Pressure cookers – who knew, but they are “a thing” and with a whole new generation of multi-featured versions now available, they are definitely back in fashion. The New Complete Pressure Cooker: Get the Best from Your Electric or Stovetop Model by Jennie Shapter (£15.00, hb, 978 0754832881) is the top title on this form of cooking. It contains over 120 tried-and-tested recipes with timings and settings for both types of machines, dishes from soups and stews to puddings and preserves with loads of practical step-by-step techniques and tips. This book will take you through the basics of choosing a pressure cooker (and the bestselling brand Instant Pot is included in it) how they work, which best suits your needs, as well as providing you with lots of exciting recipes to try. It was featured in all the Trinity Mirror local papers this week – with a big pic of the cover. It’s published by Lorenz.

Well, what a good excuse to have a burst of this absolute classic belter from Queen and David Bowie!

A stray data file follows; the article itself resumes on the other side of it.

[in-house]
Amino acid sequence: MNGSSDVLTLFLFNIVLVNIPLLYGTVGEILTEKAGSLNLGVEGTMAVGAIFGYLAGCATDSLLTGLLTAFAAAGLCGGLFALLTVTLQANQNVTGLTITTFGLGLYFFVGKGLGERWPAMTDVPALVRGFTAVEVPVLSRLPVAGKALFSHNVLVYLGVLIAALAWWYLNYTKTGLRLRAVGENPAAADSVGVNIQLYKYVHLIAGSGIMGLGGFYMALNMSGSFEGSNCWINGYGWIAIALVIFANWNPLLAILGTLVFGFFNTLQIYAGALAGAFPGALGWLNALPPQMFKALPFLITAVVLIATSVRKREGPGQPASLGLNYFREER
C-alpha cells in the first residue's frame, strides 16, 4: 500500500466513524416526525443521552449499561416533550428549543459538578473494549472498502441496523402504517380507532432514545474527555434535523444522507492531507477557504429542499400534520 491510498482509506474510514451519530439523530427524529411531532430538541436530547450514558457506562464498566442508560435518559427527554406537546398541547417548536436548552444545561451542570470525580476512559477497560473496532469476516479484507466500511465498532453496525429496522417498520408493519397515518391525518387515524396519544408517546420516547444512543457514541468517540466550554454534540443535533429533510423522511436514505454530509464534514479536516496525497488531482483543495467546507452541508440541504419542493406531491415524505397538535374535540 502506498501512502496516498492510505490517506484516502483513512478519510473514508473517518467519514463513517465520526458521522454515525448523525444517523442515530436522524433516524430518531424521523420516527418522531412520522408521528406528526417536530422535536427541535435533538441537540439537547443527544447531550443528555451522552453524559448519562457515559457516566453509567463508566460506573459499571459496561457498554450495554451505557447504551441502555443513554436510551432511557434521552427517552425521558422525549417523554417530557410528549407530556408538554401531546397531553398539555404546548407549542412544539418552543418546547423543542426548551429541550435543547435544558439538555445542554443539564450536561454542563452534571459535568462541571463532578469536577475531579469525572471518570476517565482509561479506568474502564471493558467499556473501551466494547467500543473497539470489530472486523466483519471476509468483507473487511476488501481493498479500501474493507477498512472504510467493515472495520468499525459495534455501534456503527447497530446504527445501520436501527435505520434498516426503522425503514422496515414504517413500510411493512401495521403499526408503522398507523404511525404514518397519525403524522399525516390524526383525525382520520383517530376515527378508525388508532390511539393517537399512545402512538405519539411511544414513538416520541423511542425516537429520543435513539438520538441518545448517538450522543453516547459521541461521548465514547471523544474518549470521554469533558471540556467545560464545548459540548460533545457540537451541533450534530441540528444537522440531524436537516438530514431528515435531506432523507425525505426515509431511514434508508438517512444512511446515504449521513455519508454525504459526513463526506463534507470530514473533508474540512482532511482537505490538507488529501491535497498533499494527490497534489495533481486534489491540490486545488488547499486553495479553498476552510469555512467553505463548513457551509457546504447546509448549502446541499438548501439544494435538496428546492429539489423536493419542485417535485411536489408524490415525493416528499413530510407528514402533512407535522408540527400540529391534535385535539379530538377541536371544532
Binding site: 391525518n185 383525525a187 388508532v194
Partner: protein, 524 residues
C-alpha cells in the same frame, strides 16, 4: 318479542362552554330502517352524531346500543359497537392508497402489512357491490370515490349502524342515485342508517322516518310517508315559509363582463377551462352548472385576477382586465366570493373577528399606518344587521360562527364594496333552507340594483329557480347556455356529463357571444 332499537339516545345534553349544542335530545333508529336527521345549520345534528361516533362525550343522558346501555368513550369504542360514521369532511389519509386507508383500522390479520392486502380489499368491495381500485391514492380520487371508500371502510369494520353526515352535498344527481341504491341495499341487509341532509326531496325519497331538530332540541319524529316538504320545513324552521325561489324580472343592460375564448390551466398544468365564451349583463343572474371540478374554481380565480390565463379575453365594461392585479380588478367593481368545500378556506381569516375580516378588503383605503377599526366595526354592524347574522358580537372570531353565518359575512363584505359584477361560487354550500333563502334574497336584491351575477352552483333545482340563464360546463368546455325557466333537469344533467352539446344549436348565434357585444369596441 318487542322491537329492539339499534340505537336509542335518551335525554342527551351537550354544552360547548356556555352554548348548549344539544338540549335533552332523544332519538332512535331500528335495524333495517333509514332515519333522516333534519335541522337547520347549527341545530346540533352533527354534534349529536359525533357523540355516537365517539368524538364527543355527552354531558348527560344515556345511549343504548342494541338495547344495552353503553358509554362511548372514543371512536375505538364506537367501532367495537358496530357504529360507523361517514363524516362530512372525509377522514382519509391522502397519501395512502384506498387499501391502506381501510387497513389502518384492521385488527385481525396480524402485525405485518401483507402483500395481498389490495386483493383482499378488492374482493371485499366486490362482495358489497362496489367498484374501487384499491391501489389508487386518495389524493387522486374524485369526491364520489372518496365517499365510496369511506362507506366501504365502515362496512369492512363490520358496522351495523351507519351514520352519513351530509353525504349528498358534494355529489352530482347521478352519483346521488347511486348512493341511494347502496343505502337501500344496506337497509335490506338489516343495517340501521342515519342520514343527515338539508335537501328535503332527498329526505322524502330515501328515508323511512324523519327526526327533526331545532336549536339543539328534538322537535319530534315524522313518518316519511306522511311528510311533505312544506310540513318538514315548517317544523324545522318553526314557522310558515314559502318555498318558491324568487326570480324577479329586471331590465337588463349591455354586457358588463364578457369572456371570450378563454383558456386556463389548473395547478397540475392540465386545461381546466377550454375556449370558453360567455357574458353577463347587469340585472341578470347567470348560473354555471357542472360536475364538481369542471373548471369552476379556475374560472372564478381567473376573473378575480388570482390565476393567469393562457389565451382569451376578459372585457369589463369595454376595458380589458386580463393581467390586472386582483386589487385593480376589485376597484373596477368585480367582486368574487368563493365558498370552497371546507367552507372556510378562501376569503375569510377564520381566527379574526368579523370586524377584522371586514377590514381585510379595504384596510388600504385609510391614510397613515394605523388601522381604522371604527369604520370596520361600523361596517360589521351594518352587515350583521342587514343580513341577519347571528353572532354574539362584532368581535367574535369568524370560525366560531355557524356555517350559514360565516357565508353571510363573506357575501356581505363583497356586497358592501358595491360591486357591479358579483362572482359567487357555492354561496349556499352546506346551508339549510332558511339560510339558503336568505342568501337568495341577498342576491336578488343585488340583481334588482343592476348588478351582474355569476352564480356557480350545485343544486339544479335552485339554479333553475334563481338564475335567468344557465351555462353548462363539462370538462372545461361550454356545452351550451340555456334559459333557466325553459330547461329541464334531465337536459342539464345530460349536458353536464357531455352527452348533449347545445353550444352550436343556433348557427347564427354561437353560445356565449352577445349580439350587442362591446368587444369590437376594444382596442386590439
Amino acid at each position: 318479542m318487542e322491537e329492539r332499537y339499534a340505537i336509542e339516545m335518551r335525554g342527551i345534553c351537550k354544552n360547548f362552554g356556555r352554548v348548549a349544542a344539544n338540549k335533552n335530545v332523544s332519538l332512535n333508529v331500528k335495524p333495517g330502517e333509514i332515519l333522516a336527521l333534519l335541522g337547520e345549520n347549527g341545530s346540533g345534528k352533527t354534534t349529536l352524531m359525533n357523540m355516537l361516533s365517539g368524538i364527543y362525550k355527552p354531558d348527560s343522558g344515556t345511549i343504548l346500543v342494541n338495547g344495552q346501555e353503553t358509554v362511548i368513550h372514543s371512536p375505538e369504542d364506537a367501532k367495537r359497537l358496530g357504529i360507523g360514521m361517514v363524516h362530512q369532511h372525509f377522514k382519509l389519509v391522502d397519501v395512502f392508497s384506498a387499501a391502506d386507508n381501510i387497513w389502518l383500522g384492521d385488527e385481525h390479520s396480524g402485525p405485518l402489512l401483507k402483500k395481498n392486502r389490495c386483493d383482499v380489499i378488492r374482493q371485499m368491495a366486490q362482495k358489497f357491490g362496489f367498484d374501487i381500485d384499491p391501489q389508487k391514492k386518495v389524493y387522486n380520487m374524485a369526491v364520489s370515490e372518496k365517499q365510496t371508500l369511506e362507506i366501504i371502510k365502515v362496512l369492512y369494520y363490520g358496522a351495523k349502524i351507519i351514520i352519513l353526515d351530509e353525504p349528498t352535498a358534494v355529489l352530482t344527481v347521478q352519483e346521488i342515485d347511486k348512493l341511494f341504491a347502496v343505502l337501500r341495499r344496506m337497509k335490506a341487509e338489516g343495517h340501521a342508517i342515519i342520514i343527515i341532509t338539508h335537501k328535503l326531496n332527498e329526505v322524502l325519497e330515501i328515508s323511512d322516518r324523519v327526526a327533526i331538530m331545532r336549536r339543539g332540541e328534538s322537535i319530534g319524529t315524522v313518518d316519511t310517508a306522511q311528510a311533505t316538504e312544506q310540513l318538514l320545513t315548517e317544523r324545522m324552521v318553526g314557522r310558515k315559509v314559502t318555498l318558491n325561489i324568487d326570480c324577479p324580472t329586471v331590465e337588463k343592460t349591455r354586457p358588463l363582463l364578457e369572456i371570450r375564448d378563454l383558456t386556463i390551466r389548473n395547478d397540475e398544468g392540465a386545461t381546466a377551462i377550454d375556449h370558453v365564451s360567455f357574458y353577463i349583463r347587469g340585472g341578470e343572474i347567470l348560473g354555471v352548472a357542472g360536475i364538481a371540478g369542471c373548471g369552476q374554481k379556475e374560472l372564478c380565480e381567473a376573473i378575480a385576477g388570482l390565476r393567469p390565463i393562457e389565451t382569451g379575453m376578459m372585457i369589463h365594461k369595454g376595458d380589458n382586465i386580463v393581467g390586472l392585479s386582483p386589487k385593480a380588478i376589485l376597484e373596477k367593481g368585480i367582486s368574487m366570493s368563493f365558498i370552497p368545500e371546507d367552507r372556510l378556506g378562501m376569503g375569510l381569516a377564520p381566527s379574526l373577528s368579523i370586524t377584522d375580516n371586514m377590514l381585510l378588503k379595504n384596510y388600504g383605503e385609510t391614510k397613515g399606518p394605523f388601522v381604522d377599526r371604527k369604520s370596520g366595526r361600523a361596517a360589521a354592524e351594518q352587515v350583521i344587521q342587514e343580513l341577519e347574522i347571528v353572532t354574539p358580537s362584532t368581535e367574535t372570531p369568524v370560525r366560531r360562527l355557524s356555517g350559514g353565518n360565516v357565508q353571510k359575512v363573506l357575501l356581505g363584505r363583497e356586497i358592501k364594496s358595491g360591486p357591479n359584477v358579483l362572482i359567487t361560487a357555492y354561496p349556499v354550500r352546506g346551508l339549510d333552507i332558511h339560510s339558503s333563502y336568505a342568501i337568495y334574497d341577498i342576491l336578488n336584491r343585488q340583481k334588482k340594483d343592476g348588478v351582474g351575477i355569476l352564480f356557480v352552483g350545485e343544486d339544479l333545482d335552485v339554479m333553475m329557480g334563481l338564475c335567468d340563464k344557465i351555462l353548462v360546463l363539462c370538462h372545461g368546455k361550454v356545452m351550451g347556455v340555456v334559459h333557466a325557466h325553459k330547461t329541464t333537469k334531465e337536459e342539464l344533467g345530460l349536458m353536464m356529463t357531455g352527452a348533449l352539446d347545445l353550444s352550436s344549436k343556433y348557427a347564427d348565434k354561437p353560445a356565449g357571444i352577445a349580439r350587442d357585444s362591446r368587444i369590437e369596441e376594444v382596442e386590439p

The Guardian has just published an article about the myth of radicalisation in a Birmingham school related to a forthcoming title; Countering Extremism in British Schools? The Truth about the Birmingham Trojan Horse Affair by John Holmwood and Therese O'Toole (pb, £12.99, 978 1447344131). You can read the whole piece here.  In 2014, an alleged plot to ‘Islamify’ several state schools in Birmingham led to the vilification of a previously highly successful school. This important title contests that narrative and shows how it was used to justify an intrusive counter extremism agenda. It is published in November by Policy Press and is a short, approachable and jargon-free book about a topic very high on the current political agenda. It directly challenges the narrative put across by the media and will particularly appeal to anyone engaged with schooling and those interested in recent counter-extremism policies.